Monday, February 01, 2010
Quantum Kindness: Superposition, Entanglement, and Collapse
I've decided to leave my teaching job at the end of this term (March 5) in order to take some time to write, and I've been thinking a lot about the concept of kindness which is an important part of my educational philosophy. I wrote a few thoughts as comments response to Jennifer Hill's post on her blog listing the number of times a thought occurred to her in a year, including kindness.
I've been thinking more about the notion of Quantum Kindness that I proposed.
Quantum kindness: an act of kindness always appears more than one place at once, and is often changed by how it is observed. Frequently kindness "cannot be explained by either timelike causality or common cause."
Our culture views kindness as weakness, as passive. I think of all the strength many traditions glean from compassion. And I think of my parents as models of kindness. If there were some kind of medal for the decathlon of kindness, both of them would get it. (Actually, for some combination of kindness, activism, and medicine, my father has received the Order of Canada, an honourary doctorate, and many other awards. Next time I'm in Ottawa, I'm going to get a copy of that picture of my dad sitting with Nelson Mandela. Once I walked into my dad's office, and there was the picture hanging on the wall above his desk. "You never told me about this?!!!!" "Oh, yeah, well..." he said.)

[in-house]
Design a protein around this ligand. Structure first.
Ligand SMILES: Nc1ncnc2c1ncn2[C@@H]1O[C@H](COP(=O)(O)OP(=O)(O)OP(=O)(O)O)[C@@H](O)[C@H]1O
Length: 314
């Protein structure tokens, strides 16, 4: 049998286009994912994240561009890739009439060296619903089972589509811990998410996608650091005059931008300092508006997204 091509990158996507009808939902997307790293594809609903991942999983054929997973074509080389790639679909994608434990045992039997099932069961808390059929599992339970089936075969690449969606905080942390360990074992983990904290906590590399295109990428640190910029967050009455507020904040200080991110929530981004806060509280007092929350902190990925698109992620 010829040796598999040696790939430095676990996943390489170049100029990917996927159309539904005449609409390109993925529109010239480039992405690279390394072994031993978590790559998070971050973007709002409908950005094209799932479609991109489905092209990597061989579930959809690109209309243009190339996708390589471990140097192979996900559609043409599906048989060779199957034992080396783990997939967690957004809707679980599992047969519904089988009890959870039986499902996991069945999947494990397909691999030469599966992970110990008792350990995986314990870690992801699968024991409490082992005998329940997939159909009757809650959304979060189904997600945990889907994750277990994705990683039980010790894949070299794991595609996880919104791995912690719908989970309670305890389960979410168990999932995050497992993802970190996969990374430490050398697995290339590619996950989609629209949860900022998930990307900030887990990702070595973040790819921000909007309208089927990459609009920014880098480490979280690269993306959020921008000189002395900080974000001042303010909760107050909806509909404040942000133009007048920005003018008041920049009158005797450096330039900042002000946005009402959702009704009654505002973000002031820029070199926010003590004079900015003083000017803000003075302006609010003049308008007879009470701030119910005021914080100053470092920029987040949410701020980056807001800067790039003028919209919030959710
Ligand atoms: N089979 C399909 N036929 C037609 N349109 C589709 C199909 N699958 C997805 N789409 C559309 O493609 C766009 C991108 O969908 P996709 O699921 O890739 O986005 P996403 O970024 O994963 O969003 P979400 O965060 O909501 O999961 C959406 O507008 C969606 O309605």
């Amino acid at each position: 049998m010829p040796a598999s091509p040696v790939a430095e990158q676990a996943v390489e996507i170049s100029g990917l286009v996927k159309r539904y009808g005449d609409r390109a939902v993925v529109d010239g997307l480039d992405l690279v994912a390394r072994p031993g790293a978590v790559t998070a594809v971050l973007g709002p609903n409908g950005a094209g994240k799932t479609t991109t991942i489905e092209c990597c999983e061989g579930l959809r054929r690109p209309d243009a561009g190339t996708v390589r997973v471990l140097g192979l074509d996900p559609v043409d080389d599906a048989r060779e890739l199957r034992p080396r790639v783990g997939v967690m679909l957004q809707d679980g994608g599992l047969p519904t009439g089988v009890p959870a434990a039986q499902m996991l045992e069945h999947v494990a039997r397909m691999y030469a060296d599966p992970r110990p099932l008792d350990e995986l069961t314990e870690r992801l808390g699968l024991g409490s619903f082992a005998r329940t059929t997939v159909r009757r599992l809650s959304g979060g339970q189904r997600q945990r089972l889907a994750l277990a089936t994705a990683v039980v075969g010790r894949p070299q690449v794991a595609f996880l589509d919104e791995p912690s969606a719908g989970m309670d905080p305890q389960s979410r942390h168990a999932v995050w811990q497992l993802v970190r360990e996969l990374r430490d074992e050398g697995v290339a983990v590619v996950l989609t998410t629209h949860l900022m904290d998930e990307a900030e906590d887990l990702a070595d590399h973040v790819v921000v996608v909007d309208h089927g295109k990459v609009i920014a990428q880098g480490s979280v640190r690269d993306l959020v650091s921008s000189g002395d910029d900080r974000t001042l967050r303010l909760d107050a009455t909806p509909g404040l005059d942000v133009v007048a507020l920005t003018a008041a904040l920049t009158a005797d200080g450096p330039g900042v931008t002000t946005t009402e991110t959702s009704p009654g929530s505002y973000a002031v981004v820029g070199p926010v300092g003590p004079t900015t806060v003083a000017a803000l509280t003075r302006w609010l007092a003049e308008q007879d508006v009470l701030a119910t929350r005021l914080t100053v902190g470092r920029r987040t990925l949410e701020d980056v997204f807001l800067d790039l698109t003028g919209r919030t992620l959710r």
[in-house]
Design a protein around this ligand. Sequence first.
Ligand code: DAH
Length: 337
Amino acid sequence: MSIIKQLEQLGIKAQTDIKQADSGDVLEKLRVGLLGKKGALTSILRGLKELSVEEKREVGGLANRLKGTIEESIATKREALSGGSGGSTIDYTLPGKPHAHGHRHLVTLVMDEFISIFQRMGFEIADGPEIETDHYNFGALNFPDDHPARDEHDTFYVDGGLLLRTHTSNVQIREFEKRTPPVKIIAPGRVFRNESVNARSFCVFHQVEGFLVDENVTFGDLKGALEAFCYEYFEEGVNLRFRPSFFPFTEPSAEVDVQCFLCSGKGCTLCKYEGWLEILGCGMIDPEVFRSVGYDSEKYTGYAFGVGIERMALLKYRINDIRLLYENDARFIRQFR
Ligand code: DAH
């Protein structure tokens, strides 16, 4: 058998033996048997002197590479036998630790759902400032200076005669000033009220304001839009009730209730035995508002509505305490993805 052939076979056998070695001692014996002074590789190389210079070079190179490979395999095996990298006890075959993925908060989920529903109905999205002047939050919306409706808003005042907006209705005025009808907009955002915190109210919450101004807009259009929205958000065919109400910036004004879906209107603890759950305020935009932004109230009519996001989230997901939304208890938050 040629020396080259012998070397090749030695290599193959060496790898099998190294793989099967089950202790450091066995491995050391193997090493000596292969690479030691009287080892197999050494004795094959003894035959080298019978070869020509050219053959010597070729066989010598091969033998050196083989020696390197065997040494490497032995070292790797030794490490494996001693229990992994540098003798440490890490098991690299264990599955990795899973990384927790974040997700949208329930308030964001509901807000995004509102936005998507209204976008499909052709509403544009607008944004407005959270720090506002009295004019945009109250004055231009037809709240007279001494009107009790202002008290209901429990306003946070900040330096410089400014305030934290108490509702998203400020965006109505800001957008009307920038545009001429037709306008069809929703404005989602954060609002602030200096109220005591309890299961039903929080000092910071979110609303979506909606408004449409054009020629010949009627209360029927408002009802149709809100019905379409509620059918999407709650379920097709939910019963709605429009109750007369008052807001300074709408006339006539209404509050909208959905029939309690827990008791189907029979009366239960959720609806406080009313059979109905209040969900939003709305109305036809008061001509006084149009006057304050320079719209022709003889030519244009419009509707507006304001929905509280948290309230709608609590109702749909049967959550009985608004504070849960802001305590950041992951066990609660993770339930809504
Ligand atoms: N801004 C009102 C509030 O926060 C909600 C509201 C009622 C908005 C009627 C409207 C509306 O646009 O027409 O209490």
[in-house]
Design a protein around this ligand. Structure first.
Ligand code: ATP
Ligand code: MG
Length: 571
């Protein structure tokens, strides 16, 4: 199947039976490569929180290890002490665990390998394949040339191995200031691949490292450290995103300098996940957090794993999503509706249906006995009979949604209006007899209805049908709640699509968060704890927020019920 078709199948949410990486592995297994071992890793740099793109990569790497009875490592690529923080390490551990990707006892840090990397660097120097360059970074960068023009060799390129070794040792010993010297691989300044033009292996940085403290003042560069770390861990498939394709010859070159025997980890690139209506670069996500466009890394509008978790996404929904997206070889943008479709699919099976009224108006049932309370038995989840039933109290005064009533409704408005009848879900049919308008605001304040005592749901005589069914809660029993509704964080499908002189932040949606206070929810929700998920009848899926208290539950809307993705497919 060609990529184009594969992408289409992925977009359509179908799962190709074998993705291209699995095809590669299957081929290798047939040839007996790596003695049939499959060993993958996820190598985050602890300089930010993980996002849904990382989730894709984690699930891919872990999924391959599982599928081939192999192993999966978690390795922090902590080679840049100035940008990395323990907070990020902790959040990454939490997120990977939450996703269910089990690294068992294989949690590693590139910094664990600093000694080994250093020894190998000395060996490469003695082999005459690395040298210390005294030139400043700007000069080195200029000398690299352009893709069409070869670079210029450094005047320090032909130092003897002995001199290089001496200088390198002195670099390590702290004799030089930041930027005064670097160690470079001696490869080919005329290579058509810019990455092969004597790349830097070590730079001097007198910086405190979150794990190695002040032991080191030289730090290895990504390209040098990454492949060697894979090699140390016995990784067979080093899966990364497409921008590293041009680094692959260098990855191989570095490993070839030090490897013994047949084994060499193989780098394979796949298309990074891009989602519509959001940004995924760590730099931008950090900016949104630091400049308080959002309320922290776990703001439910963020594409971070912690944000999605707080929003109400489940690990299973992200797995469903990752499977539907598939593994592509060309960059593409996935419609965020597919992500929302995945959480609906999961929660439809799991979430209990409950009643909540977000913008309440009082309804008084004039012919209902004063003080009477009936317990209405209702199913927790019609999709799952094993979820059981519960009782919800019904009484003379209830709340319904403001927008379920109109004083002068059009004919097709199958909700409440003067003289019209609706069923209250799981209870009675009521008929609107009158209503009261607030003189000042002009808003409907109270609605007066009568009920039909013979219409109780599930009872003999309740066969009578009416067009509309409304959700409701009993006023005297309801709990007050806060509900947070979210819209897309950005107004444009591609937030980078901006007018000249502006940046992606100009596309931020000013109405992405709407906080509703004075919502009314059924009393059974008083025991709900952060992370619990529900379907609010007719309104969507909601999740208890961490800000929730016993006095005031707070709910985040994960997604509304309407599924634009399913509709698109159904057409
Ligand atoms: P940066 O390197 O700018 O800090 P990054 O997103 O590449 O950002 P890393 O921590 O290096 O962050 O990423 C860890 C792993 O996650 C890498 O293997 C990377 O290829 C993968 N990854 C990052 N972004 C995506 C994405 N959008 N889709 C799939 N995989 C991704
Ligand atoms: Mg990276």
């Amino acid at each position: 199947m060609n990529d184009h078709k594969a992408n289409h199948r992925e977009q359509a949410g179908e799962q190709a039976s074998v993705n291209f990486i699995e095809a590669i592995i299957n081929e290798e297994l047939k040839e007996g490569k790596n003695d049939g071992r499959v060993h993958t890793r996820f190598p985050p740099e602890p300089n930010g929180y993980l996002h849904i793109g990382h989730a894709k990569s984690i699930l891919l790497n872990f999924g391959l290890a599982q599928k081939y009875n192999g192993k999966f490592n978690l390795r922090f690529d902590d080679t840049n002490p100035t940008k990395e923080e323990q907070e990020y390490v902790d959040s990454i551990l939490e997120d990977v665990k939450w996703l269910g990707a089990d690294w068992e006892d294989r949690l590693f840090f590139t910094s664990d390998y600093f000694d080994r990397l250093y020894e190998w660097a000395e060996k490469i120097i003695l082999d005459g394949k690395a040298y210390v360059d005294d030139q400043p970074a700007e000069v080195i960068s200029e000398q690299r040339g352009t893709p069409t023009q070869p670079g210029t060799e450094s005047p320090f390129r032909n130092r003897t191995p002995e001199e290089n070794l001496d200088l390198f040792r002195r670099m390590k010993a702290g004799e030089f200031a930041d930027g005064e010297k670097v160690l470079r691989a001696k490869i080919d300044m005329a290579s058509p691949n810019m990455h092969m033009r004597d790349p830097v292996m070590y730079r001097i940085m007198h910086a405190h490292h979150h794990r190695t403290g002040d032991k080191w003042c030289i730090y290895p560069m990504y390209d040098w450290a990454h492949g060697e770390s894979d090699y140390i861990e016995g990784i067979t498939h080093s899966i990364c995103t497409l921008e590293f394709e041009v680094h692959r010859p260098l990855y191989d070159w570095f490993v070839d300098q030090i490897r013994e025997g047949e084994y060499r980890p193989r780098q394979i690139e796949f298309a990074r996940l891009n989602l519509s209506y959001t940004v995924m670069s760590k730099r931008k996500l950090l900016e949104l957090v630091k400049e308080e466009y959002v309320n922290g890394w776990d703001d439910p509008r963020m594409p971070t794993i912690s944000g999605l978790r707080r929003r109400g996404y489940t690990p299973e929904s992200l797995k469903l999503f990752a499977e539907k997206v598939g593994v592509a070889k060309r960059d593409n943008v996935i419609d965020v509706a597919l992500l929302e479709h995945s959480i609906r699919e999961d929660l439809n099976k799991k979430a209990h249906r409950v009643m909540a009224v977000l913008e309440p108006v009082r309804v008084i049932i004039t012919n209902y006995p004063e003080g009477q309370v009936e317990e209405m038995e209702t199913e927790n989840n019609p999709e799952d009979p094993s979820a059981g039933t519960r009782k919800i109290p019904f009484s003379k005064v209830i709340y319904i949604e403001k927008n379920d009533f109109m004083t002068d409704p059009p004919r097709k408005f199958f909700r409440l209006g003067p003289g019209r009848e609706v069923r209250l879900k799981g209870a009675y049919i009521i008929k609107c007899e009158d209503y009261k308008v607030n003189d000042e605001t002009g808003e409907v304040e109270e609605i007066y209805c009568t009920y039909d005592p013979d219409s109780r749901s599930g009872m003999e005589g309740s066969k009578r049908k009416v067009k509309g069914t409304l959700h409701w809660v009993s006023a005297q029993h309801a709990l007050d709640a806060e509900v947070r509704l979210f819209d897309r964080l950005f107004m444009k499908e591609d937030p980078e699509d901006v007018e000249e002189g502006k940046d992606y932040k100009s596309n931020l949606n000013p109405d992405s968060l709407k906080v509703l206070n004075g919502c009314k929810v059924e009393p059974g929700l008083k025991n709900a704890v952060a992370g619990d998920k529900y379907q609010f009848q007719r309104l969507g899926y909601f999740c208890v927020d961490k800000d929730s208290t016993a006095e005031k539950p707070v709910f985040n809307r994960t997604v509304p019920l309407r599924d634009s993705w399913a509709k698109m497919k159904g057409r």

Kindness? It's non-violent resistance against the dark but it's also just a kind of everyday breathing.